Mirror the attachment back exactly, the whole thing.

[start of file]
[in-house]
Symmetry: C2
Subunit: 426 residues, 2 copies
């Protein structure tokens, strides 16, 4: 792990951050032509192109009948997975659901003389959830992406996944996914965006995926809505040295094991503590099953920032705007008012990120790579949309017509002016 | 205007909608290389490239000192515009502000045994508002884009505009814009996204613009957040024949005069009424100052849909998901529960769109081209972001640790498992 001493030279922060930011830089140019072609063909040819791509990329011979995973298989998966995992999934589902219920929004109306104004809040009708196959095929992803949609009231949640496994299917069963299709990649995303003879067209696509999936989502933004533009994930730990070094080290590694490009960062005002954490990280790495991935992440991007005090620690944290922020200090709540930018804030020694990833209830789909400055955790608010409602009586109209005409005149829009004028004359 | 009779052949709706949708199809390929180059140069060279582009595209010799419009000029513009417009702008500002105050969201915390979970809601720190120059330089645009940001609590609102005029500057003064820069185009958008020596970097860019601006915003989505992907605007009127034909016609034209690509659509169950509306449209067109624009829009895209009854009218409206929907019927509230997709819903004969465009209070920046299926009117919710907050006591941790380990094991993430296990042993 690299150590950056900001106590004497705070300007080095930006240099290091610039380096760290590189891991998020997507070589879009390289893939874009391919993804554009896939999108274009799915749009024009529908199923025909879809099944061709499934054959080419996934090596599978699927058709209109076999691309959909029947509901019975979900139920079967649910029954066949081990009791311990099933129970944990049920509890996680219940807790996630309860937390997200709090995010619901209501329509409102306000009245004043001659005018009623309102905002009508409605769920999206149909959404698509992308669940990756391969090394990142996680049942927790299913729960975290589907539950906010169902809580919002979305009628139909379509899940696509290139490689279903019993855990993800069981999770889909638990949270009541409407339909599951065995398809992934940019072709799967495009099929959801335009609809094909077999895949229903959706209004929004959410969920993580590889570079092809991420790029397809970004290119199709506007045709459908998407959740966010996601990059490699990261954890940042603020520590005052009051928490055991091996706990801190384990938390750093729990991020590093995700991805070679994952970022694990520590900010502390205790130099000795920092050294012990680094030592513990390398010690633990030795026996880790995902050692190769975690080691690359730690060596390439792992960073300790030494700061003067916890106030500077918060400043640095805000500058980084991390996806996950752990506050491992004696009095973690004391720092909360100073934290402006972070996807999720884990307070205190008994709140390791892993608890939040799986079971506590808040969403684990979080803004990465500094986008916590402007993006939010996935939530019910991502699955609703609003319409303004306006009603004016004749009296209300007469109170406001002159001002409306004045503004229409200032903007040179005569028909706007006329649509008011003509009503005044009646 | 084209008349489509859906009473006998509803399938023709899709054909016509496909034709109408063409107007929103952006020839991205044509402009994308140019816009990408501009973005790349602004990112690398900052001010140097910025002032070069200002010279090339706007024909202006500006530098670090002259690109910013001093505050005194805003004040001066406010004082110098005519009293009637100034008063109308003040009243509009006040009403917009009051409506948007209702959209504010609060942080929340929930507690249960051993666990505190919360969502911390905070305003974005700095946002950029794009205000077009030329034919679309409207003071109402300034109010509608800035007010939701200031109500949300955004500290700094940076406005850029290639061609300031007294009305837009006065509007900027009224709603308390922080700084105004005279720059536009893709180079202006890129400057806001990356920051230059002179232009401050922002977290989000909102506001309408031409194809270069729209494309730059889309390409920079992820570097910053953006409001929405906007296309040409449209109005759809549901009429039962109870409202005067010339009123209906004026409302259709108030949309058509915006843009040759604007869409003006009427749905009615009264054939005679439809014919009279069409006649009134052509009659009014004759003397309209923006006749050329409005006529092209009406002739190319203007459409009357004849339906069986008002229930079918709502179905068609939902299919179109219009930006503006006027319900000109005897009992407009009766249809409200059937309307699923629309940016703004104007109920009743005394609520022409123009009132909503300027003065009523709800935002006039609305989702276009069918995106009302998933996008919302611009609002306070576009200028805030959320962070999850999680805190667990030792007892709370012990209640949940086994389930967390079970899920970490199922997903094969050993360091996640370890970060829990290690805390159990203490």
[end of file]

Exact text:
[in-house]
Symmetry: C2
Subunit: 426 residues, 2 copies
């Protein structure tokens, strides 16, 4: 792990951050032509192109009948997975659901003389959830992406996944996914965006995926809505040295094991503590099953920032705007008012990120790579949309017509002016 | 205007909608290389490239000192515009502000045994508002884009505009814009996204613009957040024949005069009424100052849909998901529960769109081209972001640790498992 001493030279922060930011830089140019072609063909040819791509990329011979995973298989998966995992999934589902219920929004109306104004809040009708196959095929992803949609009231949640496994299917069963299709990649995303003879067209696509999936989502933004533009994930730990070094080290590694490009960062005002954490990280790495991935992440991007005090620690944290922020200090709540930018804030020694990833209830789909400055955790608010409602009586109209005409005149829009004028004359 | 009779052949709706949708199809390929180059140069060279582009595209010799419009000029513009417009702008500002105050969201915390979970809601720190120059330089645009940001609590609102005029500057003064820069185009958008020596970097860019601006915003989505992907605007009127034909016609034209690509659509169950509306449209067109624009829009895209009854009218409206929907019927509230997709819903004969465009209070920046299926009117919710907050006591941790380990094991993430296990042993 690299150590950056900001106590004497705070300007080095930006240099290091610039380096760290590189891991998020997507070589879009390289893939874009391919993804554009896939999108274009799915749009024009529908199923025909879809099944061709499934054959080419996934090596599978699927058709209109076999691309959909029947509901019975979900139920079967649910029954066949081990009791311990099933129970944990049920509890996680219940807790996630309860937390997200709090995010619901209501329509409102306000009245004043001659005018009623309102905002009508409605769920999206149909959404698509992308669940990756391969090394990142996680049942927790299913729960975290589907539950906010169902809580919002979305009628139909379509899940696509290139490689279903019993855990993800069981999770889909638990949270009541409407339909599951065995398809992934940019072709799967495009099929959801335009609809094909077999895949229903959706209004929004959410969920993580590889570079092809991420790029397809970004290119199709506007045709459908998407959740966010996601990059490699990261954890940042603020520590005052009051928490055991091996706990801190384990938390750093729990991020590093995700991805070679994952970022694990520590900010502390205790130099000795920092050294012990680094030592513990390398010690633990030795026996880790995902050692190769975690080691690359730690060596390439792992960073300790030494700061003067916890106030500077918060400043640095805000500058980084991390996806996950752990506050491992004696009095973690004391720092909360100073934290402006972070996807999720884990307070205190008994709140390791892993608890939040799986079971506590808040969403684990979080803004990465500094986008916590402007993006939010996935939530019910991502699955609703609003319409303004306006009603004016004749009296209300007469109170406001002159001002409306004045503004229409200032903007040179005569028909706007006329649509008011003509009503005044009646 | 084209008349489509859906009473006998509803399938023709899709054909016509496909034709109408063409107007929103952006020839991205044509402009994308140019816009990408501009973005790349602004990112690398900052001010140097910025002032070069200002010279090339706007024909202006500006530098670090002259690109910013001093505050005194805003004040001066406010004082110098005519009293009637100034008063109308003040009243509009006040009403917009009051409506948007209702959209504010609060942080929340929930507690249960051993666990505190919360969502911390905070305003974005700095946002950029794009205000077009030329034919679309409207003071109402300034109010509608800035007010939701200031109500949300955004500290700094940076406005850029290639061609300031007294009305837009006065509007900027009224709603308390922080700084105004005279720059536009893709180079202006890129400057806001990356920051230059002179232009401050922002977290989000909102506001309408031409194809270069729209494309730059889309390409920079992820570097910053953006409001929405906007296309040409449209109005759809549901009429039962109870409202005067010339009123209906004026409302259709108030949309058509915006843009040759604007869409003006009427749905009615009264054939005679439809014919009279069409006649009134052509009659009014004759003397309209923006006749050329409005006529092209009406002739190319203007459409009357004849339906069986008002229930079918709502179905068609939902299919179109219009930006503006006027319900000109005897009992407009009766249809409200059937309307699923629309940016703004104007109920009743005394609520022409123009009132909503300027003065009523709800935002006039609305989702276009069918995106009302998933996008919302611009609002306070576009200028805030959320962070999850999680805190667990030792007892709370012990209640949940086994389930967390079970899920970490199922997903094969050993360091996640370890970060829990290690805390159990203490």